• Hi Angeline, yes, correct, that’s why I stated in the Method section to roll out the dough using pasta machine into fettuccine, for those who have the pasta maker. The reality is that most people don’t have the pasta machine, and hence the hand-torn pieces, which I personally think is better because of the texture and irregular shapes, each mouthful is a surprise. :)

  6. My hubby has been asking for the dried version of pan mee for ages. And promised to get me a noodle roller. LOL! I made this before several times but always playing by the feel of the dough. Sometimes it is delicious, sometimes it just isn’t. Great to have a guideline here so at least I can have more consistent results. :-)

    In Klang, as someone already mentioned, the peeled version is called Mee Hoon Kueh but once you roll it out fettuccine style, it becomes pan mee. In Klang at least. And it made me really mad recently when I ordered pan mee and was served a bowl of mee hoon kueh. Same difference? In my mind I was pitching a hissy fit but ultimately, it’s the same thing. haha! I finished the whole bowl, just so you know.

  7. Lee

    I only knew this as mee hoon kueh, made by my grandmother who is now very far away in Melaka while I’m here shivering in Vancouver BC. Although she taught me how to make this, it wouldn’t be the same without her. You’ve made me very nostalgic with this post and recipe.

  8. chinthing

    I love 面粉糕! I add steamed pumpkin to the flour topped up with a bit of water if required. The “noodle” will be softer and fragrant. To make the flat pieces of “noodles”, (dip fingers into the cooled oil from the fried shallots and garlic that I will usually sprinkle as a topping) I grab a handful of dough and pull the dough into a thin layer (usually gravity will do its job), peel and put into the boiling soup, and repeat. At home, we replace the mani cai with Chinese spinach, lots of it! We also eat with a dipping sauce of coarsely chopped garlic, soya sauce, black vinegar and a squeeze of lime.

  9. SW Wong

    We have mani cai sold in Richmond, VA. You can try to find them in Vietnamese grocery store (those Vietnamese call it “Vietnam Kao Gei” – hope you understand my Cantonese). For the dough, I suggest to use cold water as it gives you the “QQ” feeling and hence no need to knead so much, :). For the soup, you can add “mang guang”, which taste much better (I am a Hakka from KL and my mom used to sell Pan Mee).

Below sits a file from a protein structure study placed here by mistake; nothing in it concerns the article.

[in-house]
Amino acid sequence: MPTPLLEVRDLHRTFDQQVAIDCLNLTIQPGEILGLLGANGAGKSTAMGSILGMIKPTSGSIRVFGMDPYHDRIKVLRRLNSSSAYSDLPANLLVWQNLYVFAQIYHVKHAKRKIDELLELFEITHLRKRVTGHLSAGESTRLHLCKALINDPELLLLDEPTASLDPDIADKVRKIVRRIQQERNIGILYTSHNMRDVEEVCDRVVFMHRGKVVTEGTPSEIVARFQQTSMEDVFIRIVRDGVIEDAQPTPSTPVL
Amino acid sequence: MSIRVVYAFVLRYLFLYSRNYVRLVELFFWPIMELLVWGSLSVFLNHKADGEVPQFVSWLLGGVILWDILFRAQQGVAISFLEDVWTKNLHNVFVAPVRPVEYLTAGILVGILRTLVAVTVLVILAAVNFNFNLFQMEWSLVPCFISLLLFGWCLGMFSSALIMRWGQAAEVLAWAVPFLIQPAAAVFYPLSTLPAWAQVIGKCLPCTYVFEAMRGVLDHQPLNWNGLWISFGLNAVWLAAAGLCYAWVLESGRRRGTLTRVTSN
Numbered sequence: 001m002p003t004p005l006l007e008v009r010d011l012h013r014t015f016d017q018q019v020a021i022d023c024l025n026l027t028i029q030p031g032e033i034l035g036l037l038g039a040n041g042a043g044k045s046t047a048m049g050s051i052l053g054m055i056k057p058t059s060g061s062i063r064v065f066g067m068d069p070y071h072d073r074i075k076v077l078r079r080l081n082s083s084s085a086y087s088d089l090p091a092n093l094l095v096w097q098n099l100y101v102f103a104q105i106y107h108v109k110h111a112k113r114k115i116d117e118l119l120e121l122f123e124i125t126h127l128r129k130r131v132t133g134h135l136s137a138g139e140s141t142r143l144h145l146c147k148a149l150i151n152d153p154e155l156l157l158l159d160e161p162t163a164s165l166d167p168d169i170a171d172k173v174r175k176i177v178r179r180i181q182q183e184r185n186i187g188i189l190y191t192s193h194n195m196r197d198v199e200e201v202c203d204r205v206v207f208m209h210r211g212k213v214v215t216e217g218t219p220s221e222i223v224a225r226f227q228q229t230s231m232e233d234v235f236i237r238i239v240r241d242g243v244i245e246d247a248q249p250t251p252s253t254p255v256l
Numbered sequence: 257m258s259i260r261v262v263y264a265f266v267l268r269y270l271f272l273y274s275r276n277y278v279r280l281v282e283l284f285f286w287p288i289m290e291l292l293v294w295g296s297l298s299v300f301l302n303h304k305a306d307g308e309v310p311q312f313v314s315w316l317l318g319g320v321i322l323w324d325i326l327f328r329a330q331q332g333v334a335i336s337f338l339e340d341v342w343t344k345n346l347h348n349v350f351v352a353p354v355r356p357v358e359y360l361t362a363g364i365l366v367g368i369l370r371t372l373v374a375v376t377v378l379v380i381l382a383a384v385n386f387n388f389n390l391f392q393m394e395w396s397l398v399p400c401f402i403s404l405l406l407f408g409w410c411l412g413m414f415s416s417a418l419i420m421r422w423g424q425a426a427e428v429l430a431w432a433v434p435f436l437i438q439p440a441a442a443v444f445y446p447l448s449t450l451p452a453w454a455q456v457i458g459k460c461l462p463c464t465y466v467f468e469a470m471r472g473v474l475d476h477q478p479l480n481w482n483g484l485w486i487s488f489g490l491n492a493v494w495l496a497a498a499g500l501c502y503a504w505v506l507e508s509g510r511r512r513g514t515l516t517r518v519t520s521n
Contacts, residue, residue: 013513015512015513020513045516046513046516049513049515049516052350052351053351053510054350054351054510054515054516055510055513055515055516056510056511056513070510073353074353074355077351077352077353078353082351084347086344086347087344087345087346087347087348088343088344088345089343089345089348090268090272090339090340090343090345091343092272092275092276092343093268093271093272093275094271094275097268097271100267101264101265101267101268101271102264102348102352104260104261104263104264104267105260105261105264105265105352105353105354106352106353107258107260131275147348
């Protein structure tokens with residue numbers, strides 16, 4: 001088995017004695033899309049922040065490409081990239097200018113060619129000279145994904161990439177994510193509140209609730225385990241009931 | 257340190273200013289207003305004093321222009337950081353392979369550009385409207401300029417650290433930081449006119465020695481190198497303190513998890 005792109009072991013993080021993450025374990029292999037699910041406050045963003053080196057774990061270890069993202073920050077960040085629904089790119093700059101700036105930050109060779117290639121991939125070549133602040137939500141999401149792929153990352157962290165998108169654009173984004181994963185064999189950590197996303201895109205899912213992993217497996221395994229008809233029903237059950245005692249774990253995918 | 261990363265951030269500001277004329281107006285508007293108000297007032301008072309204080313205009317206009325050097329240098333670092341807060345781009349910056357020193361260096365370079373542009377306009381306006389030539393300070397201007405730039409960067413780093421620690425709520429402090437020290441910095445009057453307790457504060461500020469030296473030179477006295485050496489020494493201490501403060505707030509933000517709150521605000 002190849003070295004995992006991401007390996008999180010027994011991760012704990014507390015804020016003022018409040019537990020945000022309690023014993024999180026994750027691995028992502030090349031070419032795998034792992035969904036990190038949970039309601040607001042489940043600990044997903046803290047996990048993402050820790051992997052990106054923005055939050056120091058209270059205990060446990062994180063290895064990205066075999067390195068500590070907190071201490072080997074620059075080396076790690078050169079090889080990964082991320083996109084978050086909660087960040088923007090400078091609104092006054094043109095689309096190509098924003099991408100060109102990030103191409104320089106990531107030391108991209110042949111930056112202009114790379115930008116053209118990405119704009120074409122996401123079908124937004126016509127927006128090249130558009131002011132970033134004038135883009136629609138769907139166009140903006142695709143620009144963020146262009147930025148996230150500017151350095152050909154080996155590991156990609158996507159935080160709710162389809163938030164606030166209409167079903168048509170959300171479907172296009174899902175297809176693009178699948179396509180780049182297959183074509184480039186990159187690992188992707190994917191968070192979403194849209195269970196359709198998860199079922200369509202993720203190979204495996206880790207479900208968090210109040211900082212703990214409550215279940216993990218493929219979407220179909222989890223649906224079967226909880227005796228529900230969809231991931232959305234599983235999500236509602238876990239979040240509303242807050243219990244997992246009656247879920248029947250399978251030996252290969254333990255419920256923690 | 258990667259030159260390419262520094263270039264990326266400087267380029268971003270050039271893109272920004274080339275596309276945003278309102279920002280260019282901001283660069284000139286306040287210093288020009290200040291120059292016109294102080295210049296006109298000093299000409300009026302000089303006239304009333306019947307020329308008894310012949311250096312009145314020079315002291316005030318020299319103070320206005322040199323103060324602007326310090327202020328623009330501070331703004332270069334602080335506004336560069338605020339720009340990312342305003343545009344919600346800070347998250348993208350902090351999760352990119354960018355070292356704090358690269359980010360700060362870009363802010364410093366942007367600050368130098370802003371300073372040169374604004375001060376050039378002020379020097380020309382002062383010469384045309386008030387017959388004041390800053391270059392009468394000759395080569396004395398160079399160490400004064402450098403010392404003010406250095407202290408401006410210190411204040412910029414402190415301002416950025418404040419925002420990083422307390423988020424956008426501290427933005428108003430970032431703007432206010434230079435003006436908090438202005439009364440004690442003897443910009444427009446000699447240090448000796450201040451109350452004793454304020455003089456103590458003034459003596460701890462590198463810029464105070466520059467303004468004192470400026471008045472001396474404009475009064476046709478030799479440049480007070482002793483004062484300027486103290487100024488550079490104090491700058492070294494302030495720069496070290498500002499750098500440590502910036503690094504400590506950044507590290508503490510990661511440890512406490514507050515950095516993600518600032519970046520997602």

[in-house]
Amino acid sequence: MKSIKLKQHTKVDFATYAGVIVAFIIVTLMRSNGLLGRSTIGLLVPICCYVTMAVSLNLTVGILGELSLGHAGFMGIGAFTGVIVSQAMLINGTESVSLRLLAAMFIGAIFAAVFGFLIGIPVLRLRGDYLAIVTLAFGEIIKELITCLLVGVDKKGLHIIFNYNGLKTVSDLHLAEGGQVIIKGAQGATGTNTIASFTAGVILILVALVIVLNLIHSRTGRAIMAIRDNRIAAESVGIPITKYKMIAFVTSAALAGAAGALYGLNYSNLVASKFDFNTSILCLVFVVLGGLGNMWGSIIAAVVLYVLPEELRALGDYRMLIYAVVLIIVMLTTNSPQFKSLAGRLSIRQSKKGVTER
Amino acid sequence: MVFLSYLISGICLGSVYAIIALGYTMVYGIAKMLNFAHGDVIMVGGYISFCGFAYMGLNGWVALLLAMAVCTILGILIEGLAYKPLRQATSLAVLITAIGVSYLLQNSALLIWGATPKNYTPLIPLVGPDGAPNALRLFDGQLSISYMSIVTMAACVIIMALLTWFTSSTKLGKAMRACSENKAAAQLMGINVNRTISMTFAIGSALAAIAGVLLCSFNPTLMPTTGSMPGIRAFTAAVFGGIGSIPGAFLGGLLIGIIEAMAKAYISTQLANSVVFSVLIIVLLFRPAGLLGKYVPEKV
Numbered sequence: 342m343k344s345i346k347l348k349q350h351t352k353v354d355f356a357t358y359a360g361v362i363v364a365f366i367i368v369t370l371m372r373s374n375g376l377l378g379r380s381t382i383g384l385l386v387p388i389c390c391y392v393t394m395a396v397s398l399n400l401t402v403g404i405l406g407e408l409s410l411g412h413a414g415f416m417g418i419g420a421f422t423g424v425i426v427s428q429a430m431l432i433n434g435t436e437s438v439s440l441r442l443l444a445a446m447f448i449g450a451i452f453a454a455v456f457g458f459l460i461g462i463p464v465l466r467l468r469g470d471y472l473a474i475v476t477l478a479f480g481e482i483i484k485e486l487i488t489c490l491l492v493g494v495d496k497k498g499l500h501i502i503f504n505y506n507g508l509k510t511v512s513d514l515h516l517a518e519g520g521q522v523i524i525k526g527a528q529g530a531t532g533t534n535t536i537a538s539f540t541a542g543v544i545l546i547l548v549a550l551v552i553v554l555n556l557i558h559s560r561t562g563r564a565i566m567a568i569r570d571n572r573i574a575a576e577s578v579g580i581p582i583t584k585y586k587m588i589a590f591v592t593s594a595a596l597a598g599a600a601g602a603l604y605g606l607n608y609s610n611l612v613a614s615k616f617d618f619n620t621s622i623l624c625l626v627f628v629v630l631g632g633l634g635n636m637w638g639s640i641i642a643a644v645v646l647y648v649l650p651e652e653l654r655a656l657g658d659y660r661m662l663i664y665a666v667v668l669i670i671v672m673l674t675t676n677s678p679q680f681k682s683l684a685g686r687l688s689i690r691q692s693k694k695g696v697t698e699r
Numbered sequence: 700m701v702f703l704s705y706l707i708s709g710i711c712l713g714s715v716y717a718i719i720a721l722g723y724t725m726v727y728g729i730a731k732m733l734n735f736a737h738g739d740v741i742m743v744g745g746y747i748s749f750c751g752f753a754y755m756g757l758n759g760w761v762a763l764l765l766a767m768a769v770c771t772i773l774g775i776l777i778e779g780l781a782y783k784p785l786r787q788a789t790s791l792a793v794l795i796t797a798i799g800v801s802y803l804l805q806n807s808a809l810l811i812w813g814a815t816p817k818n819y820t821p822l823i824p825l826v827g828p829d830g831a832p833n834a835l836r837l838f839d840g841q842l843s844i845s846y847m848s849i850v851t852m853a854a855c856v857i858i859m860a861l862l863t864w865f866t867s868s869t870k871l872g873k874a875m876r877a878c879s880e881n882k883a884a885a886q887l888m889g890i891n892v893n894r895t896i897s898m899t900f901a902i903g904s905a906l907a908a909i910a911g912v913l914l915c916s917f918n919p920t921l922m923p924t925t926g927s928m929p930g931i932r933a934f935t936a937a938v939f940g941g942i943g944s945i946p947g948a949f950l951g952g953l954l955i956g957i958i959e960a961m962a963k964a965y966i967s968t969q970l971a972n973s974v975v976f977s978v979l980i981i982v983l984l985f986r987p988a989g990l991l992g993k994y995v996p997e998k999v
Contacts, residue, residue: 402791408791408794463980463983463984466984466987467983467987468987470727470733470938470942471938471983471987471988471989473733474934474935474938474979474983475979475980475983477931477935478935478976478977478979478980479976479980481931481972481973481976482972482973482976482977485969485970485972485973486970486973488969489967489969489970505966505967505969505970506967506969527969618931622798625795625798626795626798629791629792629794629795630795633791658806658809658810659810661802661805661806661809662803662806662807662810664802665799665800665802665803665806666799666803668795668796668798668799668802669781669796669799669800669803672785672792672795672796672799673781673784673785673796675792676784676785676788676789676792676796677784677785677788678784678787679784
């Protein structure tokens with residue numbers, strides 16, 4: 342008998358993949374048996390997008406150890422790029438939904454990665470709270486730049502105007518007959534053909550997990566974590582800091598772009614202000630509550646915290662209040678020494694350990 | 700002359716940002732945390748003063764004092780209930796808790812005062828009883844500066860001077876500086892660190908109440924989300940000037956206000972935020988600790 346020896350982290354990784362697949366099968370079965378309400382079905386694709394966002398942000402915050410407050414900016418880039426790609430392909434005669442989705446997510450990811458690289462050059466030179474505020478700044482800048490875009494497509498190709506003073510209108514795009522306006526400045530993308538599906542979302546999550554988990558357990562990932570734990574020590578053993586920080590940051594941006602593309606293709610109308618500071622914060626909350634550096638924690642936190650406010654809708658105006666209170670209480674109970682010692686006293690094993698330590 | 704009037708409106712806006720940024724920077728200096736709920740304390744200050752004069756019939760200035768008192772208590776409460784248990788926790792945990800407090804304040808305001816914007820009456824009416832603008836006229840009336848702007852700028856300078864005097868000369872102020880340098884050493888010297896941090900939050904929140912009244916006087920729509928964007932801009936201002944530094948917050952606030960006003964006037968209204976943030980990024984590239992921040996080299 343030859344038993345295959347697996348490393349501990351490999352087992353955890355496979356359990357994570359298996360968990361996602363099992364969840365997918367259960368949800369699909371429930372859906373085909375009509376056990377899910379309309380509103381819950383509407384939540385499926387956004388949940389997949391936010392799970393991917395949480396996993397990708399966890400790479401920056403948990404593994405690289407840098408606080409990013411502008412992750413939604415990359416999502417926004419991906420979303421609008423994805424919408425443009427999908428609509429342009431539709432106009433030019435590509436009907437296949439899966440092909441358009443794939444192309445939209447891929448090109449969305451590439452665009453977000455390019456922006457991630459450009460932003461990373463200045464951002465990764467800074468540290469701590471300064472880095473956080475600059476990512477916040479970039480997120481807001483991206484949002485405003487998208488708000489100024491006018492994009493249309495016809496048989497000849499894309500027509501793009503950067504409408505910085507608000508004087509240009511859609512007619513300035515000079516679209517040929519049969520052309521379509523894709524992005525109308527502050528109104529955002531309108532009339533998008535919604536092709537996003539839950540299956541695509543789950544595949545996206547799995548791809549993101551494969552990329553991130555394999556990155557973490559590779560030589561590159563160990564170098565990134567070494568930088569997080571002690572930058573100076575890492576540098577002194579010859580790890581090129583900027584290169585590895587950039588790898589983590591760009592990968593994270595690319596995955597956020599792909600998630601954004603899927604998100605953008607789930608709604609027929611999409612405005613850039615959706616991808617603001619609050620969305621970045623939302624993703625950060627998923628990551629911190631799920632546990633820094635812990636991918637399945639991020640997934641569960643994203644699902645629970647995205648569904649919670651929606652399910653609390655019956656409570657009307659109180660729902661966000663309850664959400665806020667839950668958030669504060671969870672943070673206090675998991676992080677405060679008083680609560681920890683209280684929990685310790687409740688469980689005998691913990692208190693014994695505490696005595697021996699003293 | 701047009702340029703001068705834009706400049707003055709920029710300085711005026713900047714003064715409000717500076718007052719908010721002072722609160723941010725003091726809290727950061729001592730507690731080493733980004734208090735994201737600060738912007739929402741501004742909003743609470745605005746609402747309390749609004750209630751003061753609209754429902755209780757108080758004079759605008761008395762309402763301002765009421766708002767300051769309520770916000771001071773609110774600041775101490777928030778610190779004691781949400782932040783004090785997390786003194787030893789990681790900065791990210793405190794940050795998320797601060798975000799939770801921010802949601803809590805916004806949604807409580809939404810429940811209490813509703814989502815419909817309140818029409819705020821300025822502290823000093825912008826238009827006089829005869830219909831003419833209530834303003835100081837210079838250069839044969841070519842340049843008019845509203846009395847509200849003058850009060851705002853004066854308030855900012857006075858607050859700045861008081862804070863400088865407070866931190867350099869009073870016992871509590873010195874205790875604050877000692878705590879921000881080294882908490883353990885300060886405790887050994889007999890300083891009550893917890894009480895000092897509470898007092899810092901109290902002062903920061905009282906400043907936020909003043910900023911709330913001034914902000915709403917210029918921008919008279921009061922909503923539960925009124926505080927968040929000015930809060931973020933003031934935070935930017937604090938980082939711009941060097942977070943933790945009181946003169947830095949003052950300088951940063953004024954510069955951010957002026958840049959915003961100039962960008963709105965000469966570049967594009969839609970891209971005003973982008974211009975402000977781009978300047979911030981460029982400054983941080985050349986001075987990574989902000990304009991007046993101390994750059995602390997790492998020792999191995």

10. Yen

    Being a Hakka girl, I grew up eating this dish. My mom made them using the pasta roller and that’s how I like it. When I am lazy to make my own, I just used those thiner udon and they taste just as good. We can’t really find sayur manis here in Hong Kong where I live now so I used baby choi sum as substitute and for the soup, I always add some chicken bones or feet to the soup to give it an even more flavourful soup. I also ‘toast’ my ikan bilis a bit to give it a bit of ‘smoky’ flavour….thanks for sharing this recipe. It makes me feel closer to home and fond memories of my deceased mom as we used to make the noodles together when I was a kid…

  11. Violet

    Hi Bee
    Wow, my mum used to make this a lot when I was little. I come from a Hakka family. We have 2 restaurants here in Sydney ( Albee’s Kitchen in Campsie & Kingsford) that sell this and it’s just as good as mum’s. ok, looking at the bowl you just posted, looks like I will be going there soon for a one. This brings back so many childhood memories. Thanks for the great reminder

  12. Serene Ng-Brown

    Dear Bee,

    I was wondering for the soup stock. Can I just use the chicken stock instead of anchovies/ikan bilis as my husband doesn’t like them very much, being Caucasian. I don’t mind adding the fried anchovies as toppings in my bowl of Pan Mee.

Leave a Comment

Your email address will not be published. Required fields are marked *